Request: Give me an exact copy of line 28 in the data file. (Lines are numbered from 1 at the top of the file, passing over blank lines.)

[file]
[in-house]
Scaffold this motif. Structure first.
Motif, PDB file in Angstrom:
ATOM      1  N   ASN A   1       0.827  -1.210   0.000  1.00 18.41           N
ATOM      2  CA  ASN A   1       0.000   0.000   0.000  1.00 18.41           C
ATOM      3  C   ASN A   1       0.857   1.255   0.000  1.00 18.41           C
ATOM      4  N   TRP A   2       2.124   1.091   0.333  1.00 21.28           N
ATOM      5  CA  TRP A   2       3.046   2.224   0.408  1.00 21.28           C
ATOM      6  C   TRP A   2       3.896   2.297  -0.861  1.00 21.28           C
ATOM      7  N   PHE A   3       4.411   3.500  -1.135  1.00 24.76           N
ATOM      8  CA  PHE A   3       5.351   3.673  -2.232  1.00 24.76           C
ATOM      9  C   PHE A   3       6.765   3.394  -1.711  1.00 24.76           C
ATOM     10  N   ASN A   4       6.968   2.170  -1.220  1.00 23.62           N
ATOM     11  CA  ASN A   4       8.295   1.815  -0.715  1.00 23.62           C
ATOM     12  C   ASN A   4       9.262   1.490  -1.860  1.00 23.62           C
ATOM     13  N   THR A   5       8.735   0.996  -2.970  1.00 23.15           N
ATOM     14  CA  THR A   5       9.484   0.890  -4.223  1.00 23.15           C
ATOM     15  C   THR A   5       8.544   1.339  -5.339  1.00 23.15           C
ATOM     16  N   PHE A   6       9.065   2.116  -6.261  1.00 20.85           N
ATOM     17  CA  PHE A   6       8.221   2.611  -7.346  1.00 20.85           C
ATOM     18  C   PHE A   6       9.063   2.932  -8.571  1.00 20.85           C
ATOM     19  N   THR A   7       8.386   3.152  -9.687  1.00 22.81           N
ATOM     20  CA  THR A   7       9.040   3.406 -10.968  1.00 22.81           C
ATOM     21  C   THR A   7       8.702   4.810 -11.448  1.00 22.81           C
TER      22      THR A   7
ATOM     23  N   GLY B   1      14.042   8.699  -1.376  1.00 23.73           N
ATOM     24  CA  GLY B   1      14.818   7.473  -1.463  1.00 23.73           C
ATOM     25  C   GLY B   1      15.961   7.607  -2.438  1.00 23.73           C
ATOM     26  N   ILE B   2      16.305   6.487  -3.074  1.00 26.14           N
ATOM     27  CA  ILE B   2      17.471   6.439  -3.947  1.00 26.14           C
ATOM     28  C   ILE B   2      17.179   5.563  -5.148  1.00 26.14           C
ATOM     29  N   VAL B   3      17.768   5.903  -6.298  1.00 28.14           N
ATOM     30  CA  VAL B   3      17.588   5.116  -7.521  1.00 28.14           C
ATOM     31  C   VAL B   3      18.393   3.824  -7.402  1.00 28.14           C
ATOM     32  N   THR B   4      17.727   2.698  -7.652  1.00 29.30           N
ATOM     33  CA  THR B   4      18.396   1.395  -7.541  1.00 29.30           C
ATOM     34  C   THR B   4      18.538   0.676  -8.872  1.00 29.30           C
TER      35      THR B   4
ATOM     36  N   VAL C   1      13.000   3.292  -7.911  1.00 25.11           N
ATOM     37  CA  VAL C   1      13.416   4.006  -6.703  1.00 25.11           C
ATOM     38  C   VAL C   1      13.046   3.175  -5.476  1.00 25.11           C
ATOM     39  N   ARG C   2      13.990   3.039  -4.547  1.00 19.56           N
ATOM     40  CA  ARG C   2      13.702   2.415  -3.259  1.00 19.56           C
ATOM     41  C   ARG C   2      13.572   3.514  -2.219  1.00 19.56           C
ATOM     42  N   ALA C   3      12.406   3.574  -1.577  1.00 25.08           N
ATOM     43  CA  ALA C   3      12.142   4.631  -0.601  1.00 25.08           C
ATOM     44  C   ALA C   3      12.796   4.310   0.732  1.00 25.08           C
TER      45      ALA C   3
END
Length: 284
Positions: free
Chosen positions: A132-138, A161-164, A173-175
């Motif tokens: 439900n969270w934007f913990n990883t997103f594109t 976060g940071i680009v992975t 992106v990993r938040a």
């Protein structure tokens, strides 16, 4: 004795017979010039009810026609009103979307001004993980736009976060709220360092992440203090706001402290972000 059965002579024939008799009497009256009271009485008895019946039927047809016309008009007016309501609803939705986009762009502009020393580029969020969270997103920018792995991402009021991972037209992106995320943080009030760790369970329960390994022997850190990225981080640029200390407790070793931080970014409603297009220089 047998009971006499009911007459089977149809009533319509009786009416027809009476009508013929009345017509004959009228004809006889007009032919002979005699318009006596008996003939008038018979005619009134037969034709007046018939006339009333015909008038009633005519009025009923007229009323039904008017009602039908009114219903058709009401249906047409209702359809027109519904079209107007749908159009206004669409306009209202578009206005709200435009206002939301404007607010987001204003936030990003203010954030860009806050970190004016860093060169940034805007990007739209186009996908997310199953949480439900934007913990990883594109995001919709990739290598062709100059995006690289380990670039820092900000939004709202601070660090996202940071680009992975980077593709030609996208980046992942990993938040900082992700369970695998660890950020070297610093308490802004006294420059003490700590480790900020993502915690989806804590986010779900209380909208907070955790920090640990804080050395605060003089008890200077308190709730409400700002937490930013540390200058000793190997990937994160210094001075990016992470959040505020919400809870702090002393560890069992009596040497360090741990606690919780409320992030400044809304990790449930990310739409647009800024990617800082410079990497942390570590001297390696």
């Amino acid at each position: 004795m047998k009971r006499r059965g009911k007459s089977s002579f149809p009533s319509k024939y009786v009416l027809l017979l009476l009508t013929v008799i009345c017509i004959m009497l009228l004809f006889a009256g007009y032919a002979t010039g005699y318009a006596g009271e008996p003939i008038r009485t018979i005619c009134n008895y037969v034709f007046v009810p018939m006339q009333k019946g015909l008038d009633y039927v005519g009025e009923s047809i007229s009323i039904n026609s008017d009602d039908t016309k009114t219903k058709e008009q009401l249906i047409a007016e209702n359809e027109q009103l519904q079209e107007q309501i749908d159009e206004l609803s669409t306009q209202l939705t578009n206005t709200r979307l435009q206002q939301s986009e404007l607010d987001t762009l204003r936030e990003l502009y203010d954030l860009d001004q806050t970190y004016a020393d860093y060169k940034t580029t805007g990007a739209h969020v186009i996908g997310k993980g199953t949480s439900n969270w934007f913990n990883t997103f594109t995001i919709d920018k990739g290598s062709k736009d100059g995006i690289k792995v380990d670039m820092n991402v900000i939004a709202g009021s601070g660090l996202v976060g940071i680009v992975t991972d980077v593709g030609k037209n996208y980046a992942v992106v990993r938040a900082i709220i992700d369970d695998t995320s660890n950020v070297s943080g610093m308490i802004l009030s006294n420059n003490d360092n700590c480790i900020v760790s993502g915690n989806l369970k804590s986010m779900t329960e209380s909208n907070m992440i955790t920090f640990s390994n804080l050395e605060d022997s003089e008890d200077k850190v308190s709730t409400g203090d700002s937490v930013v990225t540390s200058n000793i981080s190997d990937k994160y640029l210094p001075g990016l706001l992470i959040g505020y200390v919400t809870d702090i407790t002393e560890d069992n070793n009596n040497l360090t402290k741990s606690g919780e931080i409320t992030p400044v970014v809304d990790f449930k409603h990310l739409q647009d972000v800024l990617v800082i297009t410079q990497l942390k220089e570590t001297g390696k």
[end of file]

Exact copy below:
ATOM     25  C   GLY B   1      15.961   7.607  -2.438  1.00 23.73           C